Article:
• Energy companies had the lowest ratio at 72:1.
• Median employee pay at the 48 consumer discretionary companies that responded to the survey was $21,840 vs. $107,887 for the 30 energy companies that responded.
Source: Andrew T. Young, Hernando Zuleta, Eastern Economic Journal, Online First, December 9, 2017
From the abstract:
We explore the relationship between union membership rates and labor shares using panel data on 35 industries, spanning the entire US economy, for the years 1983–2005. For the full sample, a standard deviation increase in union membership rates is associated with an increase in an industry’s labor share of about 10%. Starting from the mean labor share in our sample (0.614), this effect amounts to about 6 percentage points. However, the effect is weaker and not statistically significant for manufacturing industries. We control for the capital-to-output ratio in all of our estimations, and the results are consistent with an elasticity of substitution between capital and labor that is less than unity. As such, the positive union effect on labor share is consistent with either the right-to-manage or the efficiency bargaining model of unions.
Source: Kody Carmody, Econ Focus, Third Quarter, 2017
Concerns about the effects of automation have brought an old policy proposal back into the limelight. …. Today, a new set of techno-optimists argue that coming advances in automation and artificial intelligence will finally fulfill Keynes’ prediction, replacing most human labor. Even if machines don’t cause widespread unemployment, they have caused and surely will continue to cause substantial labor market shocks in specific industries. These concerns have breathed new life into the discussion over a policy now called universal basic income, or UBI.
Many variations have been proposed, but UBI generally refers to regular cash payments that would go to individuals regardless of work status or income (that’s the “universal”) and would cover some minimum standard of living (that’s the “basic”). ….
At the same time, questions remain about how it could be done and its effects…..
Source: José Azar, Ioana Marinescu, Marshall I. Steinbaum, National Bureau of Economic Research, NBER Working Paper No. 24147, December 2017
From the abstract:
A product market is concentrated when a few firms dominate the market. Similarly, a labor market is concentrated when a few firms dominate hiring in the market. Using data from the leading employment website CareerBuilder.com, we calculate labor market concentration for over 8,000 geographic-occupational labor markets in the US. Based on the DOJ-FTC horizontal merger guidelines, the average market is highly concentrated. Using a panel IV regression, we show that going from the 25th percentile to the 75th percentile in concentration is associated with a 15-25% decline in posted wages, suggesting that concentration increases labor market power.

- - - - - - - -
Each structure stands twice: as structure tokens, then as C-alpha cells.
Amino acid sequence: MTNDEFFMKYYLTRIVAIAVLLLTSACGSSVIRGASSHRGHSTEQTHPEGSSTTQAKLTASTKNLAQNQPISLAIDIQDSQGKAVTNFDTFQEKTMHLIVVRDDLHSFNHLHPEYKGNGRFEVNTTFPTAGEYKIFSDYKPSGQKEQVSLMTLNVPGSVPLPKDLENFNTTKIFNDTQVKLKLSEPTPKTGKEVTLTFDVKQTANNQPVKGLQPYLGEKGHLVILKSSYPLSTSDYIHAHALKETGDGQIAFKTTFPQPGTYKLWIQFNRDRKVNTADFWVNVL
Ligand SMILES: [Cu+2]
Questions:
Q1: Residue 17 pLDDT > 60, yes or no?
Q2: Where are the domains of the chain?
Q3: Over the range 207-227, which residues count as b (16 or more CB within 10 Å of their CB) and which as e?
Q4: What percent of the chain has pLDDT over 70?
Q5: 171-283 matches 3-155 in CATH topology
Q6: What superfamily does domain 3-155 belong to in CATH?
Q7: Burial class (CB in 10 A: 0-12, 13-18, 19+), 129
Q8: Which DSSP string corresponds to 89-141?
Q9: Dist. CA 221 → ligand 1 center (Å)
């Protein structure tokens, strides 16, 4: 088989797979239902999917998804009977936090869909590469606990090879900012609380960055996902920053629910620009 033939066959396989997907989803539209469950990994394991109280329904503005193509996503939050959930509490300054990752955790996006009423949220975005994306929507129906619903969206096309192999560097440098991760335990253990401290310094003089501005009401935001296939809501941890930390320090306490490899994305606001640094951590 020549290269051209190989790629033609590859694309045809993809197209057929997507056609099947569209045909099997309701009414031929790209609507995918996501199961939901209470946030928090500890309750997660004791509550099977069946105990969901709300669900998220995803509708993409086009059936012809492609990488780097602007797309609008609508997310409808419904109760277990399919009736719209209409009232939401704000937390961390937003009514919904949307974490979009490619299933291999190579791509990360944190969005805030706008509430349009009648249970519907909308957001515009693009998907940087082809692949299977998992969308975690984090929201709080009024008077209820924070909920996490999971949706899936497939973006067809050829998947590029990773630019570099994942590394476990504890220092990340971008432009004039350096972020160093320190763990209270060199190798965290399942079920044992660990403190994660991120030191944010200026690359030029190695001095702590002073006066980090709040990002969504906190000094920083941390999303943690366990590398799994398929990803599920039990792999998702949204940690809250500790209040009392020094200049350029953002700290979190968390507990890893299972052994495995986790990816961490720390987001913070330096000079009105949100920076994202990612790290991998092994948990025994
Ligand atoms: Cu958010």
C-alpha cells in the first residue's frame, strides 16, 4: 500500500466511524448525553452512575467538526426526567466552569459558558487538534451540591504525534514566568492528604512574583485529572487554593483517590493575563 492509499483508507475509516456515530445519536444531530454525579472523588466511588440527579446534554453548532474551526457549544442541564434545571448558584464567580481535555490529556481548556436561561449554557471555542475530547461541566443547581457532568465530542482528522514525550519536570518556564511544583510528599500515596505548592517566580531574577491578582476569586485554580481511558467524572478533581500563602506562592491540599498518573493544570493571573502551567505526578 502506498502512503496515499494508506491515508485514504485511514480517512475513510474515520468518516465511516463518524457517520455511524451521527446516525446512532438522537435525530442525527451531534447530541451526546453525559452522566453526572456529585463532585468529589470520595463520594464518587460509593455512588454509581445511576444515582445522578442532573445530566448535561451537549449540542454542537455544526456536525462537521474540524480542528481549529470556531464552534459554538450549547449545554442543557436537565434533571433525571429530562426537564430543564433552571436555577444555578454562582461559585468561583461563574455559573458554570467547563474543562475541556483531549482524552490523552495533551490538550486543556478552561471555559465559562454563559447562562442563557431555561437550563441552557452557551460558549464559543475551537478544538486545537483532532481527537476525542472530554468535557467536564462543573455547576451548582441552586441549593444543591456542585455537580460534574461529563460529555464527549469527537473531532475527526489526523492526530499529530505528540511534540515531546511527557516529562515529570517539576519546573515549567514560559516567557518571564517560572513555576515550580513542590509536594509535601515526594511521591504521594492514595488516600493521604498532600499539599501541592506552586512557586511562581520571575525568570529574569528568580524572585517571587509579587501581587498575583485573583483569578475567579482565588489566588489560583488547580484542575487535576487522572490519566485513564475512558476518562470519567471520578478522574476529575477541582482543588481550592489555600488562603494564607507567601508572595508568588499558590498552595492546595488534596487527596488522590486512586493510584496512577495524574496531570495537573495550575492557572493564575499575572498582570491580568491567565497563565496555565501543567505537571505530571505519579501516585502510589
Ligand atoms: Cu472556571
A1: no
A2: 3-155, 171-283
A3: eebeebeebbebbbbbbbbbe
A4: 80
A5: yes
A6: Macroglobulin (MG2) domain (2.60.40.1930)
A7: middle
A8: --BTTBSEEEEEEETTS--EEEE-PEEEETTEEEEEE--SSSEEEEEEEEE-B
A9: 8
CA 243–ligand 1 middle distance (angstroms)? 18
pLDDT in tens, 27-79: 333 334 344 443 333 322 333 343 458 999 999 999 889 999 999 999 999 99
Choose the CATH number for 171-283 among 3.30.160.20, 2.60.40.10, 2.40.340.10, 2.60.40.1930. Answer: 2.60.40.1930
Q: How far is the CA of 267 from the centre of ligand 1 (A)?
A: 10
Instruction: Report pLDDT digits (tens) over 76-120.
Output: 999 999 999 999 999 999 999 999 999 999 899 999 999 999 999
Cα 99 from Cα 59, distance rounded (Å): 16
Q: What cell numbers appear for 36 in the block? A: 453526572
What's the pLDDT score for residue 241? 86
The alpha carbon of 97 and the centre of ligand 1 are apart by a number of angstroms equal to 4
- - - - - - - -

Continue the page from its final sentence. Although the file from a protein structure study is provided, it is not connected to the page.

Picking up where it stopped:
Source: Gregory B. Lewis, Jonathan Boyd and Rahul Pathak, Public Administration review, Early View, December 28, 2017
From the abstract:
Are state governments fulfilling their responsibilities to be model employers of women and minorities? Using U.S. Census Bureau data on individual employees from 1980 to 2015, this article looks at how much progress state governments have made toward eliminating racial and gender pay differences. It examines whether differences in education, age/experience, citizenship, English ability, hours worked, and occupation explain the pay differences. Patterns and explanations vary substantially by group, but state governments are doing a better job than private firms of closing pay gaps on almost every measure.
Source: Kate Walsh, Public Administration Review, Volume 77, Issue 6, November/December 2017
The idea of paying effective teachers more than less effective teachers has been hotly debated for more than two decades, ever since it became possible to estimate an individual teacher’s effect on student learning. A new study by Michael Jones and Michael T. Hartney, “Show Who the Money? Teacher Sorting Patterns and Performance Pay across U.S. School Districts,” tackles a promising benefit of performance pay long asserted by proponents but largely unexamined by researchers: whether performance pay improves district recruitment efforts.
Most research on performance pay has focused on its purported benefit as a motivator, hypothesizing that higher pay motivates teachers to work harder and become more effective—a notion that troubles me because it suggests that many teachers are not already working as hard as they can. The recruitment question pursued by Jones and Hartney seems more to the point, as is the use of performance pay as a strategic retention tool. Higher pay targeted to great teachers should encourage them to stay in the classroom while nudging less effective teachers who do not qualify for higher pay to consider other careers.
Show Who the Money? Teacher Sorting Patterns and Performance Pay across U.S. School Districts
Source: Michael Jones and Michael T. Hartney, Public Administration Review, Volume 77, Issue 6, November/December 2017
Source: Maury Gittleman, Mark A. Klee, Morris Kleiner, Industrial Relations, Volume 57, Issue 1, January 2018
From the abstract:
Recent assessments of occupational licensing have shown varying effects of the institution on labor-market outcomes. This study revisits the relationship between occupational licensing and labor-market outcomes by analyzing a new topical module to the Survey of Income and Program Participation. Relative to previously available data, the topical module offers more detailed information on occupational licensing attainment, with larger sample sizes and access to richer sets of person-level characteristics. We find that those with a license earn higher pay, are more likely to be employed, and have a higher probability of employer-sponsored health insurance offers.